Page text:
Today our team installed our tenth station in the Indian River Lagoon Observatory Network of Environmental Sensors (IRLON). This one was a long-time coming, as I first wrote the proposal for this site back in 2013 to the South Florida Water Management District’s St. Lucie River Issues Team. The Issues Team is a collaborative group of federal, state and local governments, and agricultural and environmental organizations. Its goal is to accelerate and implement "ready-to-go" projects that provide immediate results toward improving water quality and ecosystem functions in the St. Lucie Estuary and Indian River Lagoon. We hope this station, as well as our whole network, will contribute to that important goal.
The funding for this project became available in 2015. At that point, we knew where our other sites in the St. Lucie Estuary (SLE), funded though the Florida Department of Environmental Protection, would be. And we also had a recommendation by the IRLO Science and Technology Advisory Committee as to where our tenth site should be: in the C-44 Canal near the locks that control freshwater discharges into the South Fork of the SLE. This would allow us to determine the short- and long-term impact on the estuary of those discharges, which vary tremendously from year to year. Today we are deploying a sophisticated instrumentation package, consisting of a Land/Ocean Biogeochemical Observatory (LOBO) unit and weather sensors, to provide real-time, high-accuracy and high-resolution water quality/weather data (for details of what we will measure, see our IRLON page).
Deploying our instrumentation at a site takes much preparation. Once the order goes into the vendor, we have about four months before receipt. During that time, we select the exact location of the site and working with the Coast Guard for permission to use one of their navigation markers for our instruments. For this new site, SF-2, LOBO Manager Kristen Davis, Engineer Ben Metzger, and I did that on November 21, 2015. We carefully took various measurements that Ben would use to design our installation plan, including Coast Guard approval. We thought we were all set with our first choice of site, but the Coast Guard wisely advised us that there were some challenges there, and we quickly settled on a Plan B, Marker 50, which is in sight of the lock itself.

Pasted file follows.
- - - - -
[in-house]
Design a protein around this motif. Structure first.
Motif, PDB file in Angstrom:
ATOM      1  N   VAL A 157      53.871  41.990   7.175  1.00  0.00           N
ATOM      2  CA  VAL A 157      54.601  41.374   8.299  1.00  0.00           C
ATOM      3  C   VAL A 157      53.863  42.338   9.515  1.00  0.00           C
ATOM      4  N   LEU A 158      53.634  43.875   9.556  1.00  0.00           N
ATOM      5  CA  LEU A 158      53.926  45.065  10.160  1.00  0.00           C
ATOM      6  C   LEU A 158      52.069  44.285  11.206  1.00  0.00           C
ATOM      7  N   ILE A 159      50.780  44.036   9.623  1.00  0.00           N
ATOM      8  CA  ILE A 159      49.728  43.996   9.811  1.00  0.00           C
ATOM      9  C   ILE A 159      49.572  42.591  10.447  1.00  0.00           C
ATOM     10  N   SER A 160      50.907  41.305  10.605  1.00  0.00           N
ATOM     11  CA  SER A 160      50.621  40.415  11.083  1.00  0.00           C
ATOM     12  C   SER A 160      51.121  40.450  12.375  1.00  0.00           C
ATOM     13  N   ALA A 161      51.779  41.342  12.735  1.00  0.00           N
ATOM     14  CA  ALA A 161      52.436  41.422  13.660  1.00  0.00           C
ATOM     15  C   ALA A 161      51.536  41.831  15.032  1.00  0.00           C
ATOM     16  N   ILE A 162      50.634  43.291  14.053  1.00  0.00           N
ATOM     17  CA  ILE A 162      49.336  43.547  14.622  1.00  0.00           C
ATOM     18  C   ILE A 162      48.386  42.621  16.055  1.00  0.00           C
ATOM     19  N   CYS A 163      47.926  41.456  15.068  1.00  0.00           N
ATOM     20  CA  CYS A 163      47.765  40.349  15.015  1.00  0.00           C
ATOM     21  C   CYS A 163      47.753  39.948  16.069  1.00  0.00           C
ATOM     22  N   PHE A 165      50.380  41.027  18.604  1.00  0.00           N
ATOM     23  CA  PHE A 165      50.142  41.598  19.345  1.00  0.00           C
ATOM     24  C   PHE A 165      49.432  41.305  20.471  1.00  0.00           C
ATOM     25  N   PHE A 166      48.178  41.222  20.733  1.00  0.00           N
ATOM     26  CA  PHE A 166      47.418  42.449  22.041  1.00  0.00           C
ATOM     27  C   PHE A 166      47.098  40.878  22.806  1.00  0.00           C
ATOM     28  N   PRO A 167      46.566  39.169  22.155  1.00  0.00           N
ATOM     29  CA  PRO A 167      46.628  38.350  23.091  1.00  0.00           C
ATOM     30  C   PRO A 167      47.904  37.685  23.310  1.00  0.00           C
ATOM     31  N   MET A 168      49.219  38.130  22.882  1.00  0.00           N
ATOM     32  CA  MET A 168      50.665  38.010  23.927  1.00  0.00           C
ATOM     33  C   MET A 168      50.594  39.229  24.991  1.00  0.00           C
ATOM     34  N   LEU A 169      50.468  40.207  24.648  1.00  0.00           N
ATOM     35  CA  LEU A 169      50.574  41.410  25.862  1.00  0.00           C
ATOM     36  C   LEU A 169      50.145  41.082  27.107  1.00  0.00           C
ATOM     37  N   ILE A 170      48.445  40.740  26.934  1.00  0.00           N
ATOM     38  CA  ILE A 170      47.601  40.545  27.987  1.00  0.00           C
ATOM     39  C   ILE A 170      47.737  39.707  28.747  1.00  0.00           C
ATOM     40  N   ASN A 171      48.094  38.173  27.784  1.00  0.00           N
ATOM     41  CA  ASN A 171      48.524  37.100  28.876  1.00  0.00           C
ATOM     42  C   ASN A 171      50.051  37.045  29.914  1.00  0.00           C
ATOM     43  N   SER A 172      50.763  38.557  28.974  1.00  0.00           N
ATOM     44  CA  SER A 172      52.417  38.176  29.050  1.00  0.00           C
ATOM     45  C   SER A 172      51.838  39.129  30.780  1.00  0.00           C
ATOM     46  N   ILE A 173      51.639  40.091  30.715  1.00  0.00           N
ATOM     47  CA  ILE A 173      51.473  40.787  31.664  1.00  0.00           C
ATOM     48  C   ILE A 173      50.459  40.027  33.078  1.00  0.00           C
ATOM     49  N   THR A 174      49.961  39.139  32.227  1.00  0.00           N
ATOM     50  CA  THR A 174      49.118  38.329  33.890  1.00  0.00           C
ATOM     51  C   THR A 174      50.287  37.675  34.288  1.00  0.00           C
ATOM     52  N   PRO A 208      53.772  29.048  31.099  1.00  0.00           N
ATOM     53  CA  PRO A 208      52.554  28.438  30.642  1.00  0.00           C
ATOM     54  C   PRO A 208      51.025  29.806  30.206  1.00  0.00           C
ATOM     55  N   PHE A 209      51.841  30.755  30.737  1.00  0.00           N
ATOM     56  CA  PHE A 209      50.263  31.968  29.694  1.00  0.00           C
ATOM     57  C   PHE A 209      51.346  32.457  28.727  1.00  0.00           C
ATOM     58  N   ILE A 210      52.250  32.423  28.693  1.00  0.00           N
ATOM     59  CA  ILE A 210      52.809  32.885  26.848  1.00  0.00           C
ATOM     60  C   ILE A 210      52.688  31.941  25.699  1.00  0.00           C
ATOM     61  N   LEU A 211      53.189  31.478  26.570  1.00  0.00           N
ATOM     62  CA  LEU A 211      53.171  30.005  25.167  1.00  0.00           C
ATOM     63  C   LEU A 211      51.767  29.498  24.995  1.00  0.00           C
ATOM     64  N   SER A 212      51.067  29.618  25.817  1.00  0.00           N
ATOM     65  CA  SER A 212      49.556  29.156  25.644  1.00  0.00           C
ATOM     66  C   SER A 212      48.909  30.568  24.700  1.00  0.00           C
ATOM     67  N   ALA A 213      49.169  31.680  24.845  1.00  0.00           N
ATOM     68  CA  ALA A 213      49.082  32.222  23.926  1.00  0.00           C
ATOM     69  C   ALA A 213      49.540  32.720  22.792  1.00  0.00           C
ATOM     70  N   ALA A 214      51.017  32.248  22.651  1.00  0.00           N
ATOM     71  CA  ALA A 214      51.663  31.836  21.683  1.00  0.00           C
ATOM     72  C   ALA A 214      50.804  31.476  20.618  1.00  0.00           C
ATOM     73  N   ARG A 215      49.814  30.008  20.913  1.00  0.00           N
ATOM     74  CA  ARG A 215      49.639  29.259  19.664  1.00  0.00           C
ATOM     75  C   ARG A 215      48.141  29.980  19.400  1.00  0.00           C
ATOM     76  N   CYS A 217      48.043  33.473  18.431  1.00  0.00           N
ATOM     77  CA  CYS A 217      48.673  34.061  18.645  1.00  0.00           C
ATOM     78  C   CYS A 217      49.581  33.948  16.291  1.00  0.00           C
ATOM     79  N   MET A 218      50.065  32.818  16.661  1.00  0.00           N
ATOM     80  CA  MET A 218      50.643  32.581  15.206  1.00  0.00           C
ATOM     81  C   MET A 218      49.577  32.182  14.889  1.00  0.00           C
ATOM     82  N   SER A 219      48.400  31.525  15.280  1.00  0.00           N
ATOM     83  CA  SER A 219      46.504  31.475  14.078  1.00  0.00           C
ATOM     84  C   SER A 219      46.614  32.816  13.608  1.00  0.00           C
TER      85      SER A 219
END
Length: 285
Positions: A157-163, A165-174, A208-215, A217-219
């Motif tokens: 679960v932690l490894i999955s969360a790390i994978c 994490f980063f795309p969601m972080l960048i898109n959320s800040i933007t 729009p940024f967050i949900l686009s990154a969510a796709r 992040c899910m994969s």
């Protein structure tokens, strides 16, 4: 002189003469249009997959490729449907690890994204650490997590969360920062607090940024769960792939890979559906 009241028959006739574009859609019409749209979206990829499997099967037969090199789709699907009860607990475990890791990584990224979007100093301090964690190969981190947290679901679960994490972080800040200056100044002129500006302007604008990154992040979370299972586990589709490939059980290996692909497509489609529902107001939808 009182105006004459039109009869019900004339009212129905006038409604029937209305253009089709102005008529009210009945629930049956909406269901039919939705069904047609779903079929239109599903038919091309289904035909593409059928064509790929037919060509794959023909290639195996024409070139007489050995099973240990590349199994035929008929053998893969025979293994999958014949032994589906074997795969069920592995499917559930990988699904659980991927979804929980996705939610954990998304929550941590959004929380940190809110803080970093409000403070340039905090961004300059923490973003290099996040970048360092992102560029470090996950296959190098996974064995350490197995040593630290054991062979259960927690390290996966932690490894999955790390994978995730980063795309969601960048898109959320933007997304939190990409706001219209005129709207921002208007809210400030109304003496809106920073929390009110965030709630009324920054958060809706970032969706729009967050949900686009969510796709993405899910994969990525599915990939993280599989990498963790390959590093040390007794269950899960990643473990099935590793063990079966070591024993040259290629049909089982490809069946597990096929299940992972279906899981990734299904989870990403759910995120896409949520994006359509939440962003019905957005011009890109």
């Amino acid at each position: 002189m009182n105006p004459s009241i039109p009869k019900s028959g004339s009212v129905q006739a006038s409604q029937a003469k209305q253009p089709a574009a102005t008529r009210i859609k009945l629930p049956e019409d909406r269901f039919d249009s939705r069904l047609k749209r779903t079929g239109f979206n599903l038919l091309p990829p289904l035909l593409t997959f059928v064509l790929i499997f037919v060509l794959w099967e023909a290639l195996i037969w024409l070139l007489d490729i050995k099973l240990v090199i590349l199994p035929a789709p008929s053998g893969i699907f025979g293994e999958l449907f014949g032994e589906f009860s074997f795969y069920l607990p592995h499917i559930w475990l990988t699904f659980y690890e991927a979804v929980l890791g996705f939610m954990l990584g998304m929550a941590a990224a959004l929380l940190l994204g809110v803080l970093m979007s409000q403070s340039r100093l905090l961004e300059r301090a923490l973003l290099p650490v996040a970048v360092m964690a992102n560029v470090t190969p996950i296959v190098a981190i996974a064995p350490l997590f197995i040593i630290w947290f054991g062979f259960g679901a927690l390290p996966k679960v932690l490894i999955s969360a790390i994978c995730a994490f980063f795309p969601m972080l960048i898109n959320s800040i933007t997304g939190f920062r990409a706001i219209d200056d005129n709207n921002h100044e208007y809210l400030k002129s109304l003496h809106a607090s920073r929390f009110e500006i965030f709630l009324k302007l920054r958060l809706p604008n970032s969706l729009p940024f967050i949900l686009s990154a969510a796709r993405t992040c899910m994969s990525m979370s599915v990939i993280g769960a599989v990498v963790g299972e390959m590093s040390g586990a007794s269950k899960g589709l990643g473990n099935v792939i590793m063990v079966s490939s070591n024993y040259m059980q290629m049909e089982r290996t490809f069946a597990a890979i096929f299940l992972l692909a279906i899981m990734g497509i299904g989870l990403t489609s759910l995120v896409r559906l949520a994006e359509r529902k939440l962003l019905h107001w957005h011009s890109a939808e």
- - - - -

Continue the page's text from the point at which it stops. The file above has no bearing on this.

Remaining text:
Once the equipment is received, part of our IRLO team tests it, while others work on fabricating what is needed for its deployment. Our last test is always done in the Harbor Branch Channel, which is quite convenient. When we are totally satisfied that the instrumentation is good to go, five of us work together on the deployment, which takes several hours, including testing to make sure that the data being collected is being received by the computer server from which anyone can look at the data (to link to our data, go to http://fau.loboviz.com/.)
Today went very smoothly! Key reasons for that: excellent planning by the whole team, and the expertise and team work today of our engineers and fabricators (Ben and Machinists Dave Bourdette and Jeff Smith) and Jon Richardson, our IRLO Technical Coordinator, responsible for all day-to-day field ops for IRLON. I was thankful to be a small part of the highly skilled team we have, and delighted that all went well!
Moving forward here are some of the questions this new site will help us address:
And if you want to see what this site looks like, take a look at the great video below by another talented member of our IRLO team, John Hart, shot on the maiden voyage of the MARBOT drone!